Memorial Hospital announces new initiative

MEMORIAL HOSPITAL ANNOUNCES PLANS FOR A COMPREHENSIVE TREATMENT PROGRAM FOR OPIOID-DEPENDENT PRENATAL PATIENTS

Scott McKinnon, President and CEO of Memorial Hospital in North Conway, NH, today announced the hospital’s new initiative to offer a comprehensive coordinated treatment program for opioid-dependent prenatal patients. The program will be rolled out in early 2016 and will serve pregnant women receiving prenatal care through the hospital’s Women’s Health practice. The program was created due to the sharp increase in the number of babies being born drug-dependent over the course of the last few years at the small rural hospital.

“Our nurse midwives, OB/GYN doctors and Birthing Center staff have seen first-hand the devastation that the opioid epidemic has created, impacting the smallest and most vulnerable members of our community.  The staff came forward with this idea for offering this program here at Memorial,” stated McKinnon. “We are not aware of any other critical access hospitals offering this in our state. We were fortunate that the Memorial Hospital Foundation was willing to help fund the program earlier this year.” The Foundation funded both this program and a new behavioral health provider for their primary care practice at the spring 2015 Foundation board meeting.

The only other similar comprehensive coordinated prenatal program identified in the state of NH is at the much larger Dartmouth Hitchcock Medical Center.

The idea initially came from Certified Nurse Midwife Julie Bosak. Bosak believed that the prenatal period offers a unique window of opportunity to help these women when they are motivated to seek treatment, when they are already in a healthcare setting for prenatal care, and the period immediately after birth. Bosak stated, ”Our goal is to create a centralized, coordinated program that will provide weekly support for this population during pregnancy and for a period of the postpartum time.”

“Self-worth is an underlying issue,” Bosak continued, “Because of this, one of the goals of the program is to build self-esteem in these women. The hope is that with this support, they will be able to adopt and then sustain healthy habits. We want to embrace the opportunity presented by pregnancy and becoming a new mom as a life event.”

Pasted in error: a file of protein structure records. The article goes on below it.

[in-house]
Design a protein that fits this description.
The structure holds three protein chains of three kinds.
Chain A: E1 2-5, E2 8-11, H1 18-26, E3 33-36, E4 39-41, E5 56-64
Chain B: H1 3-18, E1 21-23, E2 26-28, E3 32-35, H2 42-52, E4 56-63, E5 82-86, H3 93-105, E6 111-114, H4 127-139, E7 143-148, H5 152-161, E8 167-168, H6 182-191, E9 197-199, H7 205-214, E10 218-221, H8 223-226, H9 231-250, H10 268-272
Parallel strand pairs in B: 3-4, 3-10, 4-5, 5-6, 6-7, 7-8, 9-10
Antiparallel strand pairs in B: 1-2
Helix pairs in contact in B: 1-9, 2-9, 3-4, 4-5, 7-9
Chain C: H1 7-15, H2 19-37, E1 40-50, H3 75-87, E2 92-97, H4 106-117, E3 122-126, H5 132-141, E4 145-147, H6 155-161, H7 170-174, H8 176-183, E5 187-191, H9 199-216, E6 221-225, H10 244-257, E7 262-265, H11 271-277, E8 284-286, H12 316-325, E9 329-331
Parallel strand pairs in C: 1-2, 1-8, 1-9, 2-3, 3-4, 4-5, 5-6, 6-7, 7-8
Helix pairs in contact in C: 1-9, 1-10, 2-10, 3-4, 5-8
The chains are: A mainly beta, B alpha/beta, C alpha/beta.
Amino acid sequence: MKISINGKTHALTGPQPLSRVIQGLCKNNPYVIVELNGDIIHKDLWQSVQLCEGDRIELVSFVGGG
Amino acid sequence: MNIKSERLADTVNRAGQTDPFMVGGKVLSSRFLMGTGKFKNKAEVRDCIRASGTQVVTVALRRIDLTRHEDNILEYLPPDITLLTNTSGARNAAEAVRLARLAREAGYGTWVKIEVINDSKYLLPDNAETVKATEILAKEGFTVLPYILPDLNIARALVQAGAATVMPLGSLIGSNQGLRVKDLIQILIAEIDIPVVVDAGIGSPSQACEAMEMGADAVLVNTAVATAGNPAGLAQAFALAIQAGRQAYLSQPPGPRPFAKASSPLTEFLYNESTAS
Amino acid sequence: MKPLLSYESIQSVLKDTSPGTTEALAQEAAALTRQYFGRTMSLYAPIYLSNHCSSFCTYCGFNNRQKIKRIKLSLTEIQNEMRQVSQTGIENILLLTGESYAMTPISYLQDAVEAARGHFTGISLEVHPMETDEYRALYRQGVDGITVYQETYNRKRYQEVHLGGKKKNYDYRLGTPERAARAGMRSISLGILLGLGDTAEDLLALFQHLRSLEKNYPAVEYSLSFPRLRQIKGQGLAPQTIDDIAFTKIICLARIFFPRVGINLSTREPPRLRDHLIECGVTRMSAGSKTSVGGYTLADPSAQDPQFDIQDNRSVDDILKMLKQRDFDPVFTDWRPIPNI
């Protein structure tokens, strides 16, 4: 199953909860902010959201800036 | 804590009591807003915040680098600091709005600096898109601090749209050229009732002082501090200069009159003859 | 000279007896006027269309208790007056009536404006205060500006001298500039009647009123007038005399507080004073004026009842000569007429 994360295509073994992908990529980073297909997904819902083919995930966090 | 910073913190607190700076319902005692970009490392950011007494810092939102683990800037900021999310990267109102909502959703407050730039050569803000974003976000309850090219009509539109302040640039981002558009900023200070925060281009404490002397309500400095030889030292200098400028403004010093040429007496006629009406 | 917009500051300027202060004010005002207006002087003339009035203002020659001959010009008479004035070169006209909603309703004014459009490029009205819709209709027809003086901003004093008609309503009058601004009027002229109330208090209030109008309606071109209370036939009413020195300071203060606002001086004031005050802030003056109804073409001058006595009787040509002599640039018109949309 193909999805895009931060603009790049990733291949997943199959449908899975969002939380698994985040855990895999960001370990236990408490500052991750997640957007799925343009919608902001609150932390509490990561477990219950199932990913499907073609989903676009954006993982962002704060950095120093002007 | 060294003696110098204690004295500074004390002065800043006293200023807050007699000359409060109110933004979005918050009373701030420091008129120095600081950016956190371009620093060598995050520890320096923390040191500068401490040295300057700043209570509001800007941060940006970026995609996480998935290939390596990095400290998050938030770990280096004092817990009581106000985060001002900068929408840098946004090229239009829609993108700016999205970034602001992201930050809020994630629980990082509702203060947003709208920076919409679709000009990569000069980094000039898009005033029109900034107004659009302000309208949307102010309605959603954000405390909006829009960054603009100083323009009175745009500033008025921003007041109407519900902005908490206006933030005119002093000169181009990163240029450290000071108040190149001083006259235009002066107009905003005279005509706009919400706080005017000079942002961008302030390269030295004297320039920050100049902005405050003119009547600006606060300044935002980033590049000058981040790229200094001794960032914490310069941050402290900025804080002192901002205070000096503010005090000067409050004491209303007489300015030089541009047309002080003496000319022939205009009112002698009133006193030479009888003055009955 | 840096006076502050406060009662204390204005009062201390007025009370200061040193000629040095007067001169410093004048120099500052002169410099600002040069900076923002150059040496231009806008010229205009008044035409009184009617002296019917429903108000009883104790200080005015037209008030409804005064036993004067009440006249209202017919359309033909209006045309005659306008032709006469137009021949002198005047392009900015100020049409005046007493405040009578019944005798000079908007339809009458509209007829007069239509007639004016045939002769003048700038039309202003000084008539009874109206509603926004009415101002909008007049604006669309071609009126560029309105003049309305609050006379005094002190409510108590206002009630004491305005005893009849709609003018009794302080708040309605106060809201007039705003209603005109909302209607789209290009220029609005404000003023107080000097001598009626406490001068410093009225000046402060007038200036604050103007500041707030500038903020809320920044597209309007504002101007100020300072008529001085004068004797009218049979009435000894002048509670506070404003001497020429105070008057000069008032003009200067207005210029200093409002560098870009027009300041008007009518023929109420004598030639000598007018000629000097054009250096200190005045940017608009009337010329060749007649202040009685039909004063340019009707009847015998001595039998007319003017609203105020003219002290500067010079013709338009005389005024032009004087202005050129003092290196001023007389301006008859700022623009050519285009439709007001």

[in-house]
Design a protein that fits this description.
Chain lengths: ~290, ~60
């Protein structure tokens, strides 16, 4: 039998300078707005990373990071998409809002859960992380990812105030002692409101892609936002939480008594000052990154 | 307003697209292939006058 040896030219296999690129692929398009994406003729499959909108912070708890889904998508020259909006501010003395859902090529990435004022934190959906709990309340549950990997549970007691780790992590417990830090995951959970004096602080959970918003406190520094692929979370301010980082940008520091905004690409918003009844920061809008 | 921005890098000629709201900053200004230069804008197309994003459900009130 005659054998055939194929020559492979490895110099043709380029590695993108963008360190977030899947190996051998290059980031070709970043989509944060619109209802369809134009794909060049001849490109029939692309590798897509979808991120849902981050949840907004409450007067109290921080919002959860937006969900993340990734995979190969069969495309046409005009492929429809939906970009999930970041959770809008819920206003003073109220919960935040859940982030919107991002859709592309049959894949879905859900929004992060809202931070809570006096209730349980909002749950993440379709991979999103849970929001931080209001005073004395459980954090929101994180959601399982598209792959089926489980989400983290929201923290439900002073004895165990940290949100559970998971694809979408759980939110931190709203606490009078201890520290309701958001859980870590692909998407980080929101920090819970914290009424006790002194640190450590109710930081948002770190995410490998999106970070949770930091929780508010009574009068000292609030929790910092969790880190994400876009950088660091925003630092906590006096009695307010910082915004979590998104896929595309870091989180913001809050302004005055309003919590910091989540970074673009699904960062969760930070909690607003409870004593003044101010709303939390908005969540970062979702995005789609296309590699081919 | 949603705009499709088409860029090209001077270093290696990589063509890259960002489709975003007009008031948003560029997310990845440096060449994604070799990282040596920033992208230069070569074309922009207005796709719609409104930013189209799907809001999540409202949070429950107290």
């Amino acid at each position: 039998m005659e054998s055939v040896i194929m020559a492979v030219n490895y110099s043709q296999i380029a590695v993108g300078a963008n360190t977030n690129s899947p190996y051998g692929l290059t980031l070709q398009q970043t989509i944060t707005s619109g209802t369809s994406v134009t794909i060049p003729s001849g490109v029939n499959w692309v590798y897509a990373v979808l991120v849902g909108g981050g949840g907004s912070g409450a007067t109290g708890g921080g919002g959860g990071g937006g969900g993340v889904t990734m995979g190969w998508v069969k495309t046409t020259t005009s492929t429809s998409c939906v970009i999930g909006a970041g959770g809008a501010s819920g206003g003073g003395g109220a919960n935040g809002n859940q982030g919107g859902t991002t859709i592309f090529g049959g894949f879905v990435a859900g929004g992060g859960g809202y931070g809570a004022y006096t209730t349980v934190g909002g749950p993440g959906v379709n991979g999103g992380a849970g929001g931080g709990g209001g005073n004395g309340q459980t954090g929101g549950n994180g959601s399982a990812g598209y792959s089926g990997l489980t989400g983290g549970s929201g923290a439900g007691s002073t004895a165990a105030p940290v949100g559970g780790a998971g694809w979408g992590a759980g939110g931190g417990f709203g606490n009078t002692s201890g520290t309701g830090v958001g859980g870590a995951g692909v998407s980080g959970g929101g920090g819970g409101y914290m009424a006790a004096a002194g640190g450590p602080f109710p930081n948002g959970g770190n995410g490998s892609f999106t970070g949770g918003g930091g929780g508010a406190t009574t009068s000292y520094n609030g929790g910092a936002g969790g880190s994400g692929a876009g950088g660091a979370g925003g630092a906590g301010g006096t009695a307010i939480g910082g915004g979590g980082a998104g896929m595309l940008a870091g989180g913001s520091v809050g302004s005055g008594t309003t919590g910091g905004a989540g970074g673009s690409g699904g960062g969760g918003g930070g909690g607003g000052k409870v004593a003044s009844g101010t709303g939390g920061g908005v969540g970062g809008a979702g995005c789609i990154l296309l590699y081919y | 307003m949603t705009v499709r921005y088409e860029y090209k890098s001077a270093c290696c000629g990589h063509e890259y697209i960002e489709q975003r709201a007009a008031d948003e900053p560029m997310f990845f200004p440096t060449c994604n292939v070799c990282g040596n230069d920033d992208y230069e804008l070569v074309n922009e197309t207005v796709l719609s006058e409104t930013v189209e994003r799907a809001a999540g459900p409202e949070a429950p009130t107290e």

Kris Dascoulias, clinical manager of the Birthing Center added that they have been and are currently offering prenatal education related to substance abuse and have been for two years. RN Leigh Copsey initiated it as part of her BSN studies and identified the growing problem and brought it to Dascoulias’ attention. The outcome was the team’s recommendation to create this new comprehensive program.

The percentage of pregnant women presenting at Memorial Hospital with opioid dependence (primarily heroin, but also oxycodone and other drugs) has skyrocketed, an increase seen throughout the region. The infants born to these addicted women are considered drug-exposed and require Neonatal Abstinence Scoring (NAS) over a minimum of five days in an acute care setting. Without this formal program in place, clinical staff have provided the treatment, coordination of care and postpartum management these patients require, but have concluded that a structured coordinated program is needed in order to best serve these patients and deliver the highest quality of care.

Sue Ruka, Memorial Hospital’s Director of Population Health, said that the expected outcome of the program is fewer babies being born drug-exposed, and fewer new mothers continuing their drug use.

Ruka shared, “We understand that this is an illness with underlying root causes. It’s not a choice. We want to provide care in a non-judgmental environment. In 2014, 10% of Memorial Hospital’s prenatal patients, about 24 women, were identified as current opioid drug users, requiring substance abuse treatment.

Without a consistent program in place, it is difficult for these patients to receive the types of services necessary for the best outcomes. This program will result in decreased infant exposure to street drugs, decreased extended hospital stays, and better outcomes for both mothers and newborns.”

This new structured program will promote a coordinated, centralized approach to care, providing ongoing support for mothers, and improved neonatal health. Specifically, it will provide:

  • screening for substance and alcohol abuse to 100% of prenatal patients;
  • Subutex treatment for opioid addicted prenatal patients;
  • Suboxone treatment for postpartum opioid addicted patients;
  • Group therapy;
  • Education about NAS infants and available community resources;
  • Case management services;
  • Transportation assistance;
  • Healthy snacks for participants;
  • Financial advocacy services.

For more information about this program, please contact Director of Population Health Sue Ruka at 603-356-0634. Exact timing of the launch of the new program will be published at a later date.

About Memorial Hospital
Memorial Hospital is a not-for-profit 25-bed Critical Access Hospital located in North Conway, NH, and is a member of the MaineHealth family. Its hospital services include a 24-hour emergency department, surgery center, clinical laboratory, heart health & wellness programs, family birthing center, sleep center, wound care and hyperbaric medicine center, and the Miranda Center for Diabetes. Physician practices include primary care and family medicine, women’s health, orthopedics and sports medicine. The Merriman House, a 45-bed nursing home specializing in Alzheimer’s and other memory disorders, is also located on the hospital campus. Together, our staff and providers are committed to meeting the health needs of the Mt. Washington Valley and surrounding communities by collaborating with community partners in the delivery of accessible, comprehensive, compassionate, and quality health care.

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